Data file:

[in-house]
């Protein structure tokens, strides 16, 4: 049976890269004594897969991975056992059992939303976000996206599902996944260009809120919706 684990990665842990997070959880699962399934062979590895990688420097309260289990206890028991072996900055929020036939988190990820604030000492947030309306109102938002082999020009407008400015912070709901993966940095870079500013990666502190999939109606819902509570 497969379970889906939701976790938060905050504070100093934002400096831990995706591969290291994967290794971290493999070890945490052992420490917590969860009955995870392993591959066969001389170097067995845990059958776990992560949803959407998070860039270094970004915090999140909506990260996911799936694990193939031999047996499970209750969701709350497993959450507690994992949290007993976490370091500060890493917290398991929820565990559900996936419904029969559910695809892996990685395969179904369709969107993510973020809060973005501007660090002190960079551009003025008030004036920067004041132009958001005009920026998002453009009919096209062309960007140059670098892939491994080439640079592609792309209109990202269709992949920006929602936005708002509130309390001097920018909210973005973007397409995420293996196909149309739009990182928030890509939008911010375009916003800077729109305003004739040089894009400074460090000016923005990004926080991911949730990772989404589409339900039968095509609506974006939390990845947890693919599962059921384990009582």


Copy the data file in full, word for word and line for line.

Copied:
[in-house]
């Protein structure tokens, strides 16, 4: 049976890269004594897969991975056992059992939303976000996206599902996944260009809120919706 684990990665842990997070959880699962399934062979590895990688420097309260289990206890028991072996900055929020036939988190990820604030000492947030309306109102938002082999020009407008400015912070709901993966940095870079500013990666502190999939109606819902509570 497969379970889906939701976790938060905050504070100093934002400096831990995706591969290291994967290794971290493999070890945490052992420490917590969860009955995870392993591959066969001389170097067995845990059958776990992560949803959407998070860039270094970004915090999140909506990260996911799936694990193939031999047996499970209750969701709350497993959450507690994992949290007993976490370091500060890493917290398991929820565990559900996936419904029969559910695809892996990685395969179904369709969107993510973020809060973005501007660090002190960079551009003025008030004036920067004041132009958001005009920026998002453009009919096209062309960007140059670098892939491994080439640079592609792309209109990202269709992949920006929602936005708002509130309390001097920018909210973005973007397409995420293996196909149309739009990182928030890509939008911010375009916003800077729109305003004739040089894009400074460090000016923005990004926080991911949730990772989404589409339900039968095509609506974006939390990845947890693919599962059921384990009582």